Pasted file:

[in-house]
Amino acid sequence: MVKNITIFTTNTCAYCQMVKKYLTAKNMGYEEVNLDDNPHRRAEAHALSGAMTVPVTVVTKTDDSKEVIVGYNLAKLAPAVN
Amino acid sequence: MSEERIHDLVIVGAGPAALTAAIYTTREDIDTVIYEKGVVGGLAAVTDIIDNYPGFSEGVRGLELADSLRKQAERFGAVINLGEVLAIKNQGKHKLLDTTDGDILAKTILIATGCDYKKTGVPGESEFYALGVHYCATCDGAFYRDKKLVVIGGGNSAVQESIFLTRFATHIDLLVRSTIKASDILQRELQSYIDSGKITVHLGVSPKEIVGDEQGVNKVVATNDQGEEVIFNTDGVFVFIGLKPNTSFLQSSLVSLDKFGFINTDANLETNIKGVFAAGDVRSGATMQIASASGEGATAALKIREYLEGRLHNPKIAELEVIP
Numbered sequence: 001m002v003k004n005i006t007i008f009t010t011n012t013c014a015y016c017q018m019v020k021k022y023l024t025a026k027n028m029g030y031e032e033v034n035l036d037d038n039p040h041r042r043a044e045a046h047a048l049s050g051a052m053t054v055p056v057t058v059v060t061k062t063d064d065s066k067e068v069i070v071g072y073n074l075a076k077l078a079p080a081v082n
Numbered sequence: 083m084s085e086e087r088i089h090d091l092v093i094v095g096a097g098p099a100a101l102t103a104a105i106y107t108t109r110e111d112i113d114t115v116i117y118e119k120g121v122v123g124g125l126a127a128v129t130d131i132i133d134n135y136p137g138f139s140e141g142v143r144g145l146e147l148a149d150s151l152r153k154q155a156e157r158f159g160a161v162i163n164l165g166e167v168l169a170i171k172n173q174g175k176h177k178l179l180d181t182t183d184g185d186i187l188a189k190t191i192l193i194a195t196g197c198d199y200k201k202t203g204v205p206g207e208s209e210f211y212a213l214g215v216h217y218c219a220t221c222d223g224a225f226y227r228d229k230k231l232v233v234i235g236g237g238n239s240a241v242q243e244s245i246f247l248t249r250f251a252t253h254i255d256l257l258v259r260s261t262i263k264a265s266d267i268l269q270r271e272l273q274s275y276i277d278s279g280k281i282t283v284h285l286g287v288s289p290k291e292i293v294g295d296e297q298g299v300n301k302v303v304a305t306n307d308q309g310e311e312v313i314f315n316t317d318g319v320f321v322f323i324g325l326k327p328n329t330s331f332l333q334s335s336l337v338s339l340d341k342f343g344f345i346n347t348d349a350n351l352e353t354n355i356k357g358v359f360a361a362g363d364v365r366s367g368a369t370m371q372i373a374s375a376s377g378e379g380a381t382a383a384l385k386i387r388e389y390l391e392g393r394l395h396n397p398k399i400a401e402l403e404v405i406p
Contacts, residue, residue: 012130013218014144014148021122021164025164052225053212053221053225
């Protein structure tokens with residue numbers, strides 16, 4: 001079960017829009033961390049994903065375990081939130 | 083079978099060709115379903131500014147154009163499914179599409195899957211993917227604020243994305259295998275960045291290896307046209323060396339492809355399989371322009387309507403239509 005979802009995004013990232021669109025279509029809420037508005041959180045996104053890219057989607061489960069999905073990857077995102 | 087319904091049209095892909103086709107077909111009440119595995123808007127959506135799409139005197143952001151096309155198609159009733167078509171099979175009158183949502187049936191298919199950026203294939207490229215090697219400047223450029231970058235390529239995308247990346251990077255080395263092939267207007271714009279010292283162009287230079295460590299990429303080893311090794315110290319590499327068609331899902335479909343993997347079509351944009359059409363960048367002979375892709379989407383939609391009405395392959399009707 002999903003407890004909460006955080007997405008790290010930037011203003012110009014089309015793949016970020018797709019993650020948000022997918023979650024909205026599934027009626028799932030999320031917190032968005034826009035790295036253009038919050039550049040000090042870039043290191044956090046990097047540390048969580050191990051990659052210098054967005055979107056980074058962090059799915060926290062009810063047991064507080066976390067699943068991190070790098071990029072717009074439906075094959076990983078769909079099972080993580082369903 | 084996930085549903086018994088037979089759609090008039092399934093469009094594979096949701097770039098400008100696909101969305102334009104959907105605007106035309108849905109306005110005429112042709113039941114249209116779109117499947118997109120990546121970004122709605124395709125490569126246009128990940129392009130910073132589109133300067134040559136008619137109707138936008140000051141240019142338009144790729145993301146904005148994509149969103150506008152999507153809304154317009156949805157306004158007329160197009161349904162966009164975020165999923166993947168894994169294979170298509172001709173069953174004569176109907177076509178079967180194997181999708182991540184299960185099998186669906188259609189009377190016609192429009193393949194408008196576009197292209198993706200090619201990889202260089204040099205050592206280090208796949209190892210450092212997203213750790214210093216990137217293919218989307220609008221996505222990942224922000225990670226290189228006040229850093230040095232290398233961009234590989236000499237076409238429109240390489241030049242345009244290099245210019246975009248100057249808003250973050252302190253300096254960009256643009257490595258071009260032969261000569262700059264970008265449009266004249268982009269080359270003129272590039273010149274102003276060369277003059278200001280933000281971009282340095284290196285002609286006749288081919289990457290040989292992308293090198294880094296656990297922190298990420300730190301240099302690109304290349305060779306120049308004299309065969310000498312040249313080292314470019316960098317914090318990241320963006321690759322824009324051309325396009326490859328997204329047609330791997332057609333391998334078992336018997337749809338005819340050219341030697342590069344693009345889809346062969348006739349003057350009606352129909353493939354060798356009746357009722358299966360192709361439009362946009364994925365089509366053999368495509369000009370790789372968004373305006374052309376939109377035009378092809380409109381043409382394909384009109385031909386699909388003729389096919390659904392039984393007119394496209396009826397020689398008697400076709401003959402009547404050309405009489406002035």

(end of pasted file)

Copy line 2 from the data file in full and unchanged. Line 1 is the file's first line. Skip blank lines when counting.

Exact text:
Amino acid sequence: MVKNITIFTTNTCAYCQMVKKYLTAKNMGYEEVNLDDNPHRRAEAHALSGAMTVPVTVVTKTDDSKEVIVGYNLAKLAPAVN